Motorists are paying more for gas than they did a year ago, but the rise has more to do with soaring U.S. refinery profits than Islamic militants taking control of some parts of Iraq.
Oil prices have inched up but not as much as some feared they would, considering that Iraq is the second largest producer in OPEC. If its supply was completely disrupted, it would take all of the world’s surplus production capacity to replace it.
That would leave no supply cushion and probably send average gas prices in the U.S. rocketing to $4 a gallon.
But experts have downplayed the possibility of that happening.
“This is not as big a deal as it first appears,” said Jay Hakes, the former head of the Energy Information Administration.
The U.S. also has been producing more oil in recent years, which reduces the country’s reliance on imports and provides some cushion when there’s unrest overseas. But the oil companies also have been exporting more of the gasoline that’s made from that oil — and boosting their refineries’ profits.
In Iraq, the unrest has torn apart the northern part of the country. But the south, a stronghold of Shia Muslims who support the government, produces 75 percent of Iraq’s oil.
Even in the north, the Kurds, who are not allies of the Sunni militants fighting the government, have captured an oil hub and could actually boost production.
Also in the north, the Iraqi government and militants this week have been fighting for control of the country’s largest refinery. But the refinery supplies fuel only to Iraq’s domestic market.
The situation hasn’t left oil markets unfazed. The price of a barrel of Brent crude, an international benchmark, closed Thursday at $114.89, up 63 cents. West Texas Intermediate, a U.S. benchmark, closed at $106.43, up 46 cents.
The price increases since the turmoil in Iraq began have been relatively modest, ranging from $4 to $7 a barrel. That compares to a $16 jump to $108 during the unrest in Libya that led to the overthrow of Moammar Gadhafi. In 2011, that briefly sent gas prices into a tizzy.
The rise in oil prices since the start of the unrest in Iraq has contributed 10 to 17 cents to the price of gasoline. F.J. Cronenwett, wholesale manager for Robson Oil, which supplies several Kansas City area gas stations, said its wholesale prices have climbed about 12 cents since last week.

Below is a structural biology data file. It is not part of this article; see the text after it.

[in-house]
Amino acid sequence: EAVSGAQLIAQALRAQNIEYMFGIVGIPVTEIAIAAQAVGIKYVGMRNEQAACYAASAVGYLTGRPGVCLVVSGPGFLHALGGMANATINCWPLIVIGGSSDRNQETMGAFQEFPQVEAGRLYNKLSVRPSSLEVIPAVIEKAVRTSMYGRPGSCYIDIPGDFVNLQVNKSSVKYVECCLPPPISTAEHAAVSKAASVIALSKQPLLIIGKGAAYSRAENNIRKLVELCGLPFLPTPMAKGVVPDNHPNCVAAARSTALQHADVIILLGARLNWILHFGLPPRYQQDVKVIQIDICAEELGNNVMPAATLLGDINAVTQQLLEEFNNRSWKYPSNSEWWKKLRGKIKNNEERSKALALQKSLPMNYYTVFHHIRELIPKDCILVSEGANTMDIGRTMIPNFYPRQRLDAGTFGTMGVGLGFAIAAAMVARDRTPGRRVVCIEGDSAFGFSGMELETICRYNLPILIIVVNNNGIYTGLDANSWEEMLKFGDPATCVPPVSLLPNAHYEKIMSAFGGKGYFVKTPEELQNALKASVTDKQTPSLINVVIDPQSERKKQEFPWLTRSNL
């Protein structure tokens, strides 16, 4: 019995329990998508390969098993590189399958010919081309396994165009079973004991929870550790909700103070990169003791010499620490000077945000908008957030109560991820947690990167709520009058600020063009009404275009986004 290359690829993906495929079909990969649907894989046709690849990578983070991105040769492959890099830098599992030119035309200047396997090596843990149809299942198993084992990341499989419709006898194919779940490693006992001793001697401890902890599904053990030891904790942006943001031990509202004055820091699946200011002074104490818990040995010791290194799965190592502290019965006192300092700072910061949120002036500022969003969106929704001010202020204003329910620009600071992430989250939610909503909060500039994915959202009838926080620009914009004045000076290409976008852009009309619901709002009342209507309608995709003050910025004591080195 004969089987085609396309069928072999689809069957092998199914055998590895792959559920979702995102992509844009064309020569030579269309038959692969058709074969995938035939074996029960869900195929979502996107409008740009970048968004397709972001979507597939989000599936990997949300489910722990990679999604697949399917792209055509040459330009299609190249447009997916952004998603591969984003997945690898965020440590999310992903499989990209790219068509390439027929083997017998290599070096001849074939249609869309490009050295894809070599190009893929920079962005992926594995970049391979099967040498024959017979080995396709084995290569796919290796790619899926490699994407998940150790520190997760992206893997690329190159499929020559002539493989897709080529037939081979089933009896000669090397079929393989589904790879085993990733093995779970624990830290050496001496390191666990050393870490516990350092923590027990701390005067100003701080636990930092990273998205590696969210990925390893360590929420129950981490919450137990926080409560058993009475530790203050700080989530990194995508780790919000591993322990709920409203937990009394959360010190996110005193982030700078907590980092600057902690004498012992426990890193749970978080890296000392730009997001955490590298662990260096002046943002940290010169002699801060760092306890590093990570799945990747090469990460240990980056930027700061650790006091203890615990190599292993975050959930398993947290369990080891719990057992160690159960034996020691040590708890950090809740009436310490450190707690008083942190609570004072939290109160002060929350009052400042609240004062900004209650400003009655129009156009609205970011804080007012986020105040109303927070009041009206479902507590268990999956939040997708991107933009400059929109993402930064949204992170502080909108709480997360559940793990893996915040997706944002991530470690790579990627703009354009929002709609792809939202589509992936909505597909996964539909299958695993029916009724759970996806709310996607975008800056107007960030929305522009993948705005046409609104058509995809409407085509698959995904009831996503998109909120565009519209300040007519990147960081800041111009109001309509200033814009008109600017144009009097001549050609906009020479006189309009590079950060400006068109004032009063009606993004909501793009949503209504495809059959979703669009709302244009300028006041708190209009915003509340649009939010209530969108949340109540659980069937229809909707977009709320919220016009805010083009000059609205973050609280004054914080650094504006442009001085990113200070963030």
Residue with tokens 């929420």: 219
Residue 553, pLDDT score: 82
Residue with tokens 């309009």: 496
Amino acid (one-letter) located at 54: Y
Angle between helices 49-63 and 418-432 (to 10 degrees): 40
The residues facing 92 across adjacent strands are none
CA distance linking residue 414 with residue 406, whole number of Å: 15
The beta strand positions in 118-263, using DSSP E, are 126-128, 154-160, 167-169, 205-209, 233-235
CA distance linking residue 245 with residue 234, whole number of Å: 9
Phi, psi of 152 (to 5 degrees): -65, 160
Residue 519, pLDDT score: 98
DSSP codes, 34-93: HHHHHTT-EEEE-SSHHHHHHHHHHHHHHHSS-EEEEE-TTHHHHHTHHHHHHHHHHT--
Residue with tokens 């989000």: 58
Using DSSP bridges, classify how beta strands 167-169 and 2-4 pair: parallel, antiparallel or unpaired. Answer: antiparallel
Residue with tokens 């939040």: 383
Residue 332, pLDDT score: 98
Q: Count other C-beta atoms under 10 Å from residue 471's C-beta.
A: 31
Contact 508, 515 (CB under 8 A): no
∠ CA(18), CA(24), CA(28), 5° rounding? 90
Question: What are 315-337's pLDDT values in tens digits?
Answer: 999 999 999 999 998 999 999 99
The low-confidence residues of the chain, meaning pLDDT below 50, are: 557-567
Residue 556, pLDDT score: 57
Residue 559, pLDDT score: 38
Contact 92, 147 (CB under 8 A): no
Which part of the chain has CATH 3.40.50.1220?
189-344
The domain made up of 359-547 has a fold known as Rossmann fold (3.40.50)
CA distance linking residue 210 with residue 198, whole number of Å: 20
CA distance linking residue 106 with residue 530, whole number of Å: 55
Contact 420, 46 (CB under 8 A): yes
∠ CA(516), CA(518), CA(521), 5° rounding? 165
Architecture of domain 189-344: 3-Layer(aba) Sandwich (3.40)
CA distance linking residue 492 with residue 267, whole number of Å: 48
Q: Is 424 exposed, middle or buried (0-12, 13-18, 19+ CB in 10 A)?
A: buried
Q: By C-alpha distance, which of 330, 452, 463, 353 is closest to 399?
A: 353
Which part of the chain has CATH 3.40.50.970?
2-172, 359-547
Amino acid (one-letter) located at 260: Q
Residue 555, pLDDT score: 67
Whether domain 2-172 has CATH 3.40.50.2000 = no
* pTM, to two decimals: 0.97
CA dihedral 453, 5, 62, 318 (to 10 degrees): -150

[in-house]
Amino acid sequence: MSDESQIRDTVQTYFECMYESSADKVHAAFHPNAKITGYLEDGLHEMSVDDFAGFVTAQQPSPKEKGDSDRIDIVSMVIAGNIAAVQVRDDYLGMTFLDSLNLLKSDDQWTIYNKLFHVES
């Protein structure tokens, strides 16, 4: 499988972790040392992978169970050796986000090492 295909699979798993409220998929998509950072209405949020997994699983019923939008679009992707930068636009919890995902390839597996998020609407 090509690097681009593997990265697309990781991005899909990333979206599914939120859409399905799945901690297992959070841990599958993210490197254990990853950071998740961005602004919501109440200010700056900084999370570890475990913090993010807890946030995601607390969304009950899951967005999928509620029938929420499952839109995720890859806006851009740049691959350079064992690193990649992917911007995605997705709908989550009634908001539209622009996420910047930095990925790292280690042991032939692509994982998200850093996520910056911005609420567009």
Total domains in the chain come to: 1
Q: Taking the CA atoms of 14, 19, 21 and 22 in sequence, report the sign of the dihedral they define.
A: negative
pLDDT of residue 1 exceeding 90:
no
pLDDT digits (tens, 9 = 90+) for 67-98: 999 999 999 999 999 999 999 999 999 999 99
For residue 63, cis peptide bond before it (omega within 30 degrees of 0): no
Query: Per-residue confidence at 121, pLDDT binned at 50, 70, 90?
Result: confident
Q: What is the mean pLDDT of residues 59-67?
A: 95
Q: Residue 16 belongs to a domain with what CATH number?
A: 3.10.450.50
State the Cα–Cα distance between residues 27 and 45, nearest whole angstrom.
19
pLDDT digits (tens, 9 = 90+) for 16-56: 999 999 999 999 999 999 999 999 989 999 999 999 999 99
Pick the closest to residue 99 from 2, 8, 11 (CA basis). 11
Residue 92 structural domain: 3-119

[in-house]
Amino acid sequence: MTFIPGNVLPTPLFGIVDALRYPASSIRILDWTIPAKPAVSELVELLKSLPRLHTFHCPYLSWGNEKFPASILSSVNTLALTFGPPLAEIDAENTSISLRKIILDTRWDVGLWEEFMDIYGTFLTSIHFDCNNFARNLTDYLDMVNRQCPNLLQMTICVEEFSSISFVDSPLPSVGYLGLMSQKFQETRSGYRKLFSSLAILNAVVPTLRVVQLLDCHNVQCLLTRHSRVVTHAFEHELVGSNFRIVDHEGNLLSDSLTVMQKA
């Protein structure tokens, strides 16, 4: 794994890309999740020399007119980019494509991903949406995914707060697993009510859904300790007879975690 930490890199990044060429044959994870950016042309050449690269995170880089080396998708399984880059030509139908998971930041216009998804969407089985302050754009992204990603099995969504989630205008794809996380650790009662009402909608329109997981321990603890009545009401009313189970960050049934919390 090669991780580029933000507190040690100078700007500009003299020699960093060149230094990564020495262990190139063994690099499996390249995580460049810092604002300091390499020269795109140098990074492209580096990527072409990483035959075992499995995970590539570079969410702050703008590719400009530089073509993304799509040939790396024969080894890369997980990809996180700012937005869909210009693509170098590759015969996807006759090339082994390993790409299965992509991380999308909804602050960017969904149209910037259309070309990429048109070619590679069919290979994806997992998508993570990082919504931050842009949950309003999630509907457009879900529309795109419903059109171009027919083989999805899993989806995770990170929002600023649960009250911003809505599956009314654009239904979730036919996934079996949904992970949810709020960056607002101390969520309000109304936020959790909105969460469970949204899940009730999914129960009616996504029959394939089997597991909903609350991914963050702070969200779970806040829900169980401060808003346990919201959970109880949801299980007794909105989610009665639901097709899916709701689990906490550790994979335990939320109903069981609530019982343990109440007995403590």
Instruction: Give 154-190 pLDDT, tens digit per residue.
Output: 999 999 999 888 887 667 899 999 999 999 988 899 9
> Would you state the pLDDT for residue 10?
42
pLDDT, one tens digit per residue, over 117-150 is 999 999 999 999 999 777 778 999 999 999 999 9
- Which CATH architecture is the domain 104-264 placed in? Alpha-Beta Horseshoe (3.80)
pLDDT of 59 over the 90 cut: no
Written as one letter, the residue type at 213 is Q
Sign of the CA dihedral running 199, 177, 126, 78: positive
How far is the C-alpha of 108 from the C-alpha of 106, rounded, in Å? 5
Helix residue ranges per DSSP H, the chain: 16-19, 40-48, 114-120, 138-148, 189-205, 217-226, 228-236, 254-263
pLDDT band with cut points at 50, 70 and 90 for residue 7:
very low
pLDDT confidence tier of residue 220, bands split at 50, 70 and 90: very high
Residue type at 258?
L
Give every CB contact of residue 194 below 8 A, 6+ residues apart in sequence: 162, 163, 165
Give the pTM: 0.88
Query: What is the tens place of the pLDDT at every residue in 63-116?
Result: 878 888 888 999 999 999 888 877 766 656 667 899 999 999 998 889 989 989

Average gas prices in Kansas City were $3.60 a gallon on Thursday, according to GasBuddy.com. They were $3.47 a week ago and $3.43 a year ago. Gas prices on the Kansas side are a few cents more because of higher state fuel taxes.
Pump prices mainly reflect the price of crude oil, but taxes and costs from distribution, marketing and refining also figure in.
And in the background this year, refineries’ profit margins have been on the rise — in part because the exporting of more gasoline and petroleum products to overseas customers pushes prices up.
“These exports tighten supplies here that could have been used to create a surplus and reduce prices,” said Tyson Slocum, director of the energy program at Public Citizen, a consumer group.
The refinery margin is the difference between the cost of crude oil and the price of wholesale gasoline. Margins have climbed 25 to 30 cents a gallon or more this year. Refiners using West Texas Intermediate oil, a U.S. benchmark, saw their margins jump 5 cents in just one day this week, to 57 cents.
Oil industry studies show that the exports create jobs and consumers benefit because refineries run closer to capacity and consequently more efficiently.
But some in the oil industry acknowledge that the exports are increasing the refineries’ profits.
HollyFrontier has several refineries, including one in El Dorado, Kan. In a conference call with analysts, an executive said the company was counting on more exports from refineries along the Gulf Coast to raise its profit margin for gasoline sold in the U.S.
In the diesel market, exports have long been an issue. Several years ago, refineries found markets in other countries where diesel was more popular. Many U.S. truckers say the diesel market hasn’t been the same.
Diesel, refined from the same part of the barrel as heating oil, used to see price declines in the summer. But with the surplus going to other countries that no longer happens. About 15 percent of diesel refined in the U.S. is now exported.
“It’s all more volatile now, and we no longer get a break,” said Lee Klass, an independent trucker who stopped in St. Joseph on Thursday.
The percentage of U.S. gasoline exported — about 5 percent — is smaller but is expected to grow.
Steve Mosby, a partner for Admo Energy, which helps fuel retailers buy gasoline and diesel, said refiners have been using cheaper U.S. crude oil to snag more foreign customers, but at a cost of tightening supplies here.
“I think the American people will be outraged by that,” he said.
Part of what is happening is coming to terms with the growing U.S. role as an energy producer. Since 2005, the country has slashed by half its net imports of oil and petroleum products. Imports now are needed to meet just 30 percent of demand.
The effect on prices is mixed, however, because as long as the country needs any imported petroleum, global prices will have a pull on what we pay here.
The situation in Iraq continues to unfold, and more bad news that could affect oil prices is still possible. But James Williams, an analyst for WTRG Economics, said this has been different from other international crises when “what if” worries sent oil prices soaring.
“So far this time oil has just traded on what has happened, and that’s unusual,” he said.